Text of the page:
The rise of VR, live video and new content formats

As demand for online video surges to record highs, two Asian newspaper stalwarts have developed their own popular digital news offerings, each in different formats and platforms.

After seeing its audience consumption habits shift rapidly to mobile, the nearly 90-year-old Chinese-language Sin Chew Daily in Malaysia, the largest-selling Chinese-language paper outside Greater China with a daily circulation of about 400,000, made the bold move to launch pocketimes.my, a fully mobile online video service. Since 2014, it has produced thousands of videos, mostly in-house.

‘Know your audience’

After training its staff in video skills, pocketimes.my now produces a variety of video product offerings. These include twice-daily five-minute-long newscasts, explainer videos (e.g. What is Brexit?), a weekly talk show called Pocket Talk, and breaking/live news coverage (e.g. its 40-hour live coverage of the 2015 Bersih clean government rally and its 14-hour live show as the 2015 Sarawak state election results unfolded).

“Pick the right event to go live, (something) your audience cares about. Entertainment videos rarely work for us, so know your audience well,” advised Tan Lee Chin, Chief Content Officer of MCIL Multimedia, previously Sinchew.com.my’s online editor.

Pocketimes.my is also a vehicle for revenue generation. It has developed Pocket Health, a five-minute-long, 20-episode health information show sponsored by a traditional wellness company and a popular 20-episode reality show called VJ Search.

VJ Search was an integrated marketing solution in the form of a three-week bootcamp for 10 finalists vying to be a Pocketimes.my host. The four-month-long sponsored campaign involved seven roadshows across Malaysia and was widely cross-promoted in the newspapers and digital platforms.

Besides producing original content, Pocketimes.my also acquires shows from China and South Korea, sells advertisements on these programmes and even offers digital product placement.

Chosun Ilbo’s VR unit

Looking further north, South Korea’s most widely-read newspaper, Chosun Ilbo, has turned to virtual reality (VR) to grab the attention of its flagging Millennial reader demographic. It launched a VR unit in December 2015, comprising a director, two team members and one intern. Because it has no production personnel or equipment, it outsources production to VR partner Pocket Memory. Each three-to-five-minute clip costs upwards of US$2,500 to produce.

According to Hyo-Seop Shin, head of the 96-year-old newspaper’s Digital News Division, which is pioneering VR journalism in South Korea, the story remains at the heart of every VR project. Stories are selected based on news values, whether they are 360-degree friendly, and whether they are in hard-to-access places. The team’s most popular story so far has been the behind-the-scenes construction of South Korea’s Lotte World Tower.

(See another recent story of ours about Chosun Ilbo here.)

Broken lenses and frozen batteries

“It was one of the first three VR stories we did. It was freezing cold and we had many accidents while shooting, but seeing Seoul cityscape from the highest building in Seoul was unforgettable. It was the best user experience through VR!” said Shin, whose team had to contend with strong winds, a broken lens and batteries that stopped functioning in the cold.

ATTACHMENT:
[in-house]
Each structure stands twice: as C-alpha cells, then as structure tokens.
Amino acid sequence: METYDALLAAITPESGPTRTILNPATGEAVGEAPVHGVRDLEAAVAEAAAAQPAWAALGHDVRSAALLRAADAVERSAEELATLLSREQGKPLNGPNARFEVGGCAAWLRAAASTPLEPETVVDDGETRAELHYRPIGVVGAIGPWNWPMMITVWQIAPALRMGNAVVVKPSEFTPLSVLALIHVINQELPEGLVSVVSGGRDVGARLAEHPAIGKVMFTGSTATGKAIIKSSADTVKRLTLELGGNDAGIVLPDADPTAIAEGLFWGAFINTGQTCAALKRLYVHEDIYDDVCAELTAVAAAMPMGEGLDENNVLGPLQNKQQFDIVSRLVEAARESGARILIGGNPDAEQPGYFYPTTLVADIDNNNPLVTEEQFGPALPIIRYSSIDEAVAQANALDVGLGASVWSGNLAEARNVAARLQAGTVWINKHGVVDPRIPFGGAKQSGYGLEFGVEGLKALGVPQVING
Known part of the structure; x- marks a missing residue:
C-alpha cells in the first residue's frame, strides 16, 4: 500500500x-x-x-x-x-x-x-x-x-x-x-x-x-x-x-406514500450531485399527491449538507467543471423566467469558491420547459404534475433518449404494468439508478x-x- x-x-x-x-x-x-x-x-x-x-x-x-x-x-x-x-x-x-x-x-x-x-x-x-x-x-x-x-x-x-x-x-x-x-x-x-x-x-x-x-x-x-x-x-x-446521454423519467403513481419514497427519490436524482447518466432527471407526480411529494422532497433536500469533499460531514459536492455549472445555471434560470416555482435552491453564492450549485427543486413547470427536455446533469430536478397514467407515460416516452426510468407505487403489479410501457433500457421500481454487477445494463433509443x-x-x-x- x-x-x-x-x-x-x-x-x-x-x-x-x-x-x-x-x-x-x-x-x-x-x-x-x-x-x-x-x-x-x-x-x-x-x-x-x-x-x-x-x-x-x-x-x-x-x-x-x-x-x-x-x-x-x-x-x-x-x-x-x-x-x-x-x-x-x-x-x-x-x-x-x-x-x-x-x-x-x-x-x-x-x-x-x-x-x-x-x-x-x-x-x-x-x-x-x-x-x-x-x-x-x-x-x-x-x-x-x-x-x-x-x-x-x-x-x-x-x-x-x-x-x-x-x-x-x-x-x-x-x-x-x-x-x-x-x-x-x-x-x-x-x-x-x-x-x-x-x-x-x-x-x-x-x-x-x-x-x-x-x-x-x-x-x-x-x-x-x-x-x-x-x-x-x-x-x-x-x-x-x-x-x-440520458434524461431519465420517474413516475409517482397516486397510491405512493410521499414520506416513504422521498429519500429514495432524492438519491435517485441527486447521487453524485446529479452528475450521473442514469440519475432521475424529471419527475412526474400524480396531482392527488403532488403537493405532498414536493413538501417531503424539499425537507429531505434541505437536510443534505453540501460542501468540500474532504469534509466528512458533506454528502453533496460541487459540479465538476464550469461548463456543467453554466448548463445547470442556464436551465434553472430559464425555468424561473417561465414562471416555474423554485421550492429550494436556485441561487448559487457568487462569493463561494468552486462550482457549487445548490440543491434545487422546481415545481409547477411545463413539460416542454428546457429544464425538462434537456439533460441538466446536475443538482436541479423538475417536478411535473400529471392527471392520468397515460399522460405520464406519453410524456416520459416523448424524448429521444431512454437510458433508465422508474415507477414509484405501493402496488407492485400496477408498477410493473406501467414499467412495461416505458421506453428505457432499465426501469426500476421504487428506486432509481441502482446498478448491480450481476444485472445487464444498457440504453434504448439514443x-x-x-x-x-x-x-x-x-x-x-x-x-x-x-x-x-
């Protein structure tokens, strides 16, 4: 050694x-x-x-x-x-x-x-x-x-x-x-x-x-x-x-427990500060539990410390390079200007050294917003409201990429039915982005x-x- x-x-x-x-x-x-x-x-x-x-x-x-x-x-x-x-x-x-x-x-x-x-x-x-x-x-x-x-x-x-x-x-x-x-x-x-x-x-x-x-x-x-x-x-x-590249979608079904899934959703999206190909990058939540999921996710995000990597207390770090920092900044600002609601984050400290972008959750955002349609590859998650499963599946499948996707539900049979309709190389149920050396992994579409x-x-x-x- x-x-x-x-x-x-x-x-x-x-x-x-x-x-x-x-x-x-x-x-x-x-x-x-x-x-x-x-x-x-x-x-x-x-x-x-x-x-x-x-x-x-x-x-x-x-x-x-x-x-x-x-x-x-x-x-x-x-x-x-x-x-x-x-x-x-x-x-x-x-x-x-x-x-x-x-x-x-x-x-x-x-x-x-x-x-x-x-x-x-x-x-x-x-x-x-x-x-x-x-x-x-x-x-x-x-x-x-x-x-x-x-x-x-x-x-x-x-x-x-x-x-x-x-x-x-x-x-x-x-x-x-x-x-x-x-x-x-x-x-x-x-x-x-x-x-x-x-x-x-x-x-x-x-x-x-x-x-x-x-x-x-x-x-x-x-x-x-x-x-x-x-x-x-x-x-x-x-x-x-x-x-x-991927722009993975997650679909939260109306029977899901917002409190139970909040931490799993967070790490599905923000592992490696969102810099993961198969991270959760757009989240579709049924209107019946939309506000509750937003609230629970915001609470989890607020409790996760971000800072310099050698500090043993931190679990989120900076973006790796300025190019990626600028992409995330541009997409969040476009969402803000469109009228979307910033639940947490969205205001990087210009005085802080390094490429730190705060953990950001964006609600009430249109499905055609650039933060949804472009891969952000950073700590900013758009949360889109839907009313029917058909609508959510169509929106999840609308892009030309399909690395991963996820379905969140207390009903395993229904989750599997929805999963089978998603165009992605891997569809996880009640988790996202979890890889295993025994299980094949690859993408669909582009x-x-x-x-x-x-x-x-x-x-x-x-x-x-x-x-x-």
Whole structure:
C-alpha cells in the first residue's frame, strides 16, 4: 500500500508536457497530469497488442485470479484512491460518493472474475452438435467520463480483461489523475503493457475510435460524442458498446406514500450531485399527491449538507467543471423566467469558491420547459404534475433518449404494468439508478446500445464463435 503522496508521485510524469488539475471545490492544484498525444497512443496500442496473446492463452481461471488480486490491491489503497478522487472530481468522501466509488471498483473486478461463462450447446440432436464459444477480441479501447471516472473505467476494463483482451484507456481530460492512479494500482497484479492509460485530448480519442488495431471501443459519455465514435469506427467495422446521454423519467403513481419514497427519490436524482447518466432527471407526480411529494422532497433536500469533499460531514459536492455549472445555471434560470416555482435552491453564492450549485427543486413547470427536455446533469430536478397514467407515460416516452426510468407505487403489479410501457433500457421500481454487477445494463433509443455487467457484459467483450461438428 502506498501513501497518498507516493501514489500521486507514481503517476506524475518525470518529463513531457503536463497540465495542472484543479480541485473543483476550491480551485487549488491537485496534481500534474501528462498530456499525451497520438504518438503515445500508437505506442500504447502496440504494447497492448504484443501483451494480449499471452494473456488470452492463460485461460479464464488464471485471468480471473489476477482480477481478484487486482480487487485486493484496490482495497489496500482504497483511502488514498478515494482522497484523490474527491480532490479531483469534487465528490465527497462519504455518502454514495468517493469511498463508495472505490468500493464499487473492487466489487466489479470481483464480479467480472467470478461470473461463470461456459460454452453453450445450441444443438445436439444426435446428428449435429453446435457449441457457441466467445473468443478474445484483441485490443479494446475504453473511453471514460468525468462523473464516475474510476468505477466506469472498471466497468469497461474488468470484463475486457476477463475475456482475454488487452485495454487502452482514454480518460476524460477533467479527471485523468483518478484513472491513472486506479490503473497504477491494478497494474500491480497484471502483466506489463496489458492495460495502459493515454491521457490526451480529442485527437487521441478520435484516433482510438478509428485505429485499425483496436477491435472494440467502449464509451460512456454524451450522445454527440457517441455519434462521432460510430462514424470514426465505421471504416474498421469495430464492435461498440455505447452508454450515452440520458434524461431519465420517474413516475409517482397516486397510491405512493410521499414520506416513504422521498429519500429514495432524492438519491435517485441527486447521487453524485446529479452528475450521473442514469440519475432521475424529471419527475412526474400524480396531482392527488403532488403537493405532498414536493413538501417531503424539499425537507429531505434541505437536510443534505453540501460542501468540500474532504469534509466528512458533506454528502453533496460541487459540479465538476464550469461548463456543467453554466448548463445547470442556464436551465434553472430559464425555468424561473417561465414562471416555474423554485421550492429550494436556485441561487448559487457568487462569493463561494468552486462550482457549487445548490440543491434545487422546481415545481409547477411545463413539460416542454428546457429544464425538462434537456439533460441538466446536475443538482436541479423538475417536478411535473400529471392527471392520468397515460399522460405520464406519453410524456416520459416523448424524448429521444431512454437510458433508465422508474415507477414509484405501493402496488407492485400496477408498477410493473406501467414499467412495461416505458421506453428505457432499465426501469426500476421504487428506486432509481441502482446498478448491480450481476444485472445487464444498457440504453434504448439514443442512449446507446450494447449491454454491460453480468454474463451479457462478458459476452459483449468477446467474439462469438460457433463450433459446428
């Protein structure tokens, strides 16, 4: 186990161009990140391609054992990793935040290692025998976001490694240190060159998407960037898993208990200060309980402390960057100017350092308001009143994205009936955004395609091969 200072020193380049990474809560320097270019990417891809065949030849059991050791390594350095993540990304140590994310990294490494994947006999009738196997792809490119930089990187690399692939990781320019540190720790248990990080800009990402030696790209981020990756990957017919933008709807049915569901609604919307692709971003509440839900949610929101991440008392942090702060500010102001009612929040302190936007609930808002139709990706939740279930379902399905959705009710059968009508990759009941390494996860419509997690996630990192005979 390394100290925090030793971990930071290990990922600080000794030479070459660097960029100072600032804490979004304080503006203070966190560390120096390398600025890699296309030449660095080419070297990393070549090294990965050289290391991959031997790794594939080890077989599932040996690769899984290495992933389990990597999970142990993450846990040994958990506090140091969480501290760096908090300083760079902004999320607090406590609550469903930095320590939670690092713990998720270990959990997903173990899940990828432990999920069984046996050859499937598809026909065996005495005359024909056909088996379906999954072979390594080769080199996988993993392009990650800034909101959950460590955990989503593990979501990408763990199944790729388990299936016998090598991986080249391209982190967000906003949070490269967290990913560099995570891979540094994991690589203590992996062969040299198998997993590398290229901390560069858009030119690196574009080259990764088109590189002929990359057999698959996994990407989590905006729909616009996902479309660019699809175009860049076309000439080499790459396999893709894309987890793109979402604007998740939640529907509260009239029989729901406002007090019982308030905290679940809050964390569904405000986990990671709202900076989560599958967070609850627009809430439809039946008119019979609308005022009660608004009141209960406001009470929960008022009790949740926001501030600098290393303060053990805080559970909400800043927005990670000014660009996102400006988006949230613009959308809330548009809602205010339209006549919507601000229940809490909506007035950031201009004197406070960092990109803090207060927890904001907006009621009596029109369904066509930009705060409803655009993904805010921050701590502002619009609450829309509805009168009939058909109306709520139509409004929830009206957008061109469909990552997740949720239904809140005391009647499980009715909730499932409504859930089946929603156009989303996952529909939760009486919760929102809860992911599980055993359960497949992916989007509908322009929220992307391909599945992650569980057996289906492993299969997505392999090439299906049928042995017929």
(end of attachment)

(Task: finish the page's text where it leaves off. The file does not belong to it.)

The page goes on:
Other VR stories produced so far include preparations for the Pyeongchang Winter Games, nearly 30 clips at the Rio Olympics, presidential election campaigns and behind-the-scenes looks at a butterfly park, fashion show, K-pop star training and medical surgery. The team has also received enquiries from advertising agencies for native advertising solutions. Its first sponsored VR video featured skydiving by Special Forces soldiers. The client: South Korea’s Ministry of National Defense.

Product strategy at TechCrunch

When it comes to launching new products, Nicole Wilke, TechCrunch’s head of product, has a slew of progressive product strategy tips and approaches to offer. She urges managers to evaluate their strengths and weaknesses against the backdrop of challenges faced by the industry, prioritise goals in terms of whether they involve high or low effort and seize opportunities. Such opportunities for TechCrunch and its big sister, Wired.com, include:

  • Experimenting early and often with emerging technologies and platforms, such as WordPress VIP, Facebook Instant Articles, Google AMP and Chatfuel, for first-mover advantage. TechCrunch manages to do this with a team of only two engineers, leveraging off its strong partnerships with technology providers.
  • Using smart products to grow and support its events business, such as creating its own event networking app for participants at its flagship Disrupt conference and using WordPress VIP plug-ins to build its own Disrupt marketing site. This site was later re-skinned for native advertising.
  • Prioritising mobile when designing or revamping products to drive users back from platforms directly to its own products.

Drawing from the experience of both Wired.com and its predecessor, HotWired, the first commercial content site on the Internet, which launched in 1994, and later how their print and digital newsrooms, tools and processes were integrated and editorial and sales efforts synergized, Wilke had this reminder, “Execute brilliantly. Keep your team focused so that you can achieve big wins, maximize efficiency, validate big bets early and often with testing.”

Such a strategy has enabled Wired.com to win four Webby awards including for best magazine site, make its website load twice as fast, achieve a 71-percent increase in mobile traffic, and establish the online publication as a leader in high-impact, beautiful advertising.